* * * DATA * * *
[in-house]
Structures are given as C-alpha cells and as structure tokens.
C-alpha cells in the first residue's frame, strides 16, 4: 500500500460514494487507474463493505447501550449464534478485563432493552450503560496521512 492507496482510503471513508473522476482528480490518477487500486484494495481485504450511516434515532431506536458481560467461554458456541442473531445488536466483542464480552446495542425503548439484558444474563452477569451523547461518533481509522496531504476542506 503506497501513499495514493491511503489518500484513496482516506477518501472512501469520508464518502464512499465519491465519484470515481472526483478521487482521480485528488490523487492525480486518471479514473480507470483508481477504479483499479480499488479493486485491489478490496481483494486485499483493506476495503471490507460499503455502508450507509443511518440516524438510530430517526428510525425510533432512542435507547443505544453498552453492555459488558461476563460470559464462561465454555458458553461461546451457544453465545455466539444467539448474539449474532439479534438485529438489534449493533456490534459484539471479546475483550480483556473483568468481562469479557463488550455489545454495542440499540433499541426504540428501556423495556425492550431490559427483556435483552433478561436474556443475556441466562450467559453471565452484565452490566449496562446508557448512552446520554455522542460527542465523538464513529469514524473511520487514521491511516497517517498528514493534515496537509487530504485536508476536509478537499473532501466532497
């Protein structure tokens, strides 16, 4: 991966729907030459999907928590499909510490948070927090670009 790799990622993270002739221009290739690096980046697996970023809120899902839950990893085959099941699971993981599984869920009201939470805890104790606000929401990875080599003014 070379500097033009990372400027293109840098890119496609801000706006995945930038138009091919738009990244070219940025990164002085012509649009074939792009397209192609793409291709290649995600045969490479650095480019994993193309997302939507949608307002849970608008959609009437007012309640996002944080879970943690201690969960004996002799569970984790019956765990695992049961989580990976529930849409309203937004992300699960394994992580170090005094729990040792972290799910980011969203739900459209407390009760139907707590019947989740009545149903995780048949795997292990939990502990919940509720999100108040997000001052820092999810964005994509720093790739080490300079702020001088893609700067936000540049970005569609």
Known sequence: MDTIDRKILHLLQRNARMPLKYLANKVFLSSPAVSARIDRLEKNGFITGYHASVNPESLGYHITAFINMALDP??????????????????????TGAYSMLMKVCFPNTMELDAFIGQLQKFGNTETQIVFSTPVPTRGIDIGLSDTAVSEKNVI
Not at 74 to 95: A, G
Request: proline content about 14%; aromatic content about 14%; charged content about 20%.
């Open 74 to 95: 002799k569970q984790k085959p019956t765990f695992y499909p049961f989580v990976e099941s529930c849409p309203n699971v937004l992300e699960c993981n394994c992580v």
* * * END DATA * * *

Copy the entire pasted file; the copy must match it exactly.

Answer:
[in-house]
Structures are given as C-alpha cells and as structure tokens.
C-alpha cells in the first residue's frame, strides 16, 4: 500500500460514494487507474463493505447501550449464534478485563432493552450503560496521512 492507496482510503471513508473522476482528480490518477487500486484494495481485504450511516434515532431506536458481560467461554458456541442473531445488536466483542464480552446495542425503548439484558444474563452477569451523547461518533481509522496531504476542506 503506497501513499495514493491511503489518500484513496482516506477518501472512501469520508464518502464512499465519491465519484470515481472526483478521487482521480485528488490523487492525480486518471479514473480507470483508481477504479483499479480499488479493486485491489478490496481483494486485499483493506476495503471490507460499503455502508450507509443511518440516524438510530430517526428510525425510533432512542435507547443505544453498552453492555459488558461476563460470559464462561465454555458458553461461546451457544453465545455466539444467539448474539449474532439479534438485529438489534449493533456490534459484539471479546475483550480483556473483568468481562469479557463488550455489545454495542440499540433499541426504540428501556423495556425492550431490559427483556435483552433478561436474556443475556441466562450467559453471565452484565452490566449496562446508557448512552446520554455522542460527542465523538464513529469514524473511520487514521491511516497517517498528514493534515496537509487530504485536508476536509478537499473532501466532497
């Protein structure tokens, strides 16, 4: 991966729907030459999907928590499909510490948070927090670009 790799990622993270002739221009290739690096980046697996970023809120899902839950990893085959099941699971993981599984869920009201939470805890104790606000929401990875080599003014 070379500097033009990372400027293109840098890119496609801000706006995945930038138009091919738009990244070219940025990164002085012509649009074939792009397209192609793409291709290649995600045969490479650095480019994993193309997302939507949608307002849970608008959609009437007012309640996002944080879970943690201690969960004996002799569970984790019956765990695992049961989580990976529930849409309203937004992300699960394994992580170090005094729990040792972290799910980011969203739900459209407390009760139907707590019947989740009545149903995780048949795997292990939990502990919940509720999100108040997000001052820092999810964005994509720093790739080490300079702020001088893609700067936000540049970005569609």
Known sequence: MDTIDRKILHLLQRNARMPLKYLANKVFLSSPAVSARIDRLEKNGFITGYHASVNPESLGYHITAFINMALDP??????????????????????TGAYSMLMKVCFPNTMELDAFIGQLQKFGNTETQIVFSTPVPTRGIDIGLSDTAVSEKNVI
Not at 74 to 95: A, G
Request: proline content about 14%; aromatic content about 14%; charged content about 20%.
């Open 74 to 95: 002799k569970q984790k085959p019956t765990f695992y499909p049961f989580v990976e099941s529930c849409p309203n699971v937004l992300e699960c993981n394994c992580v």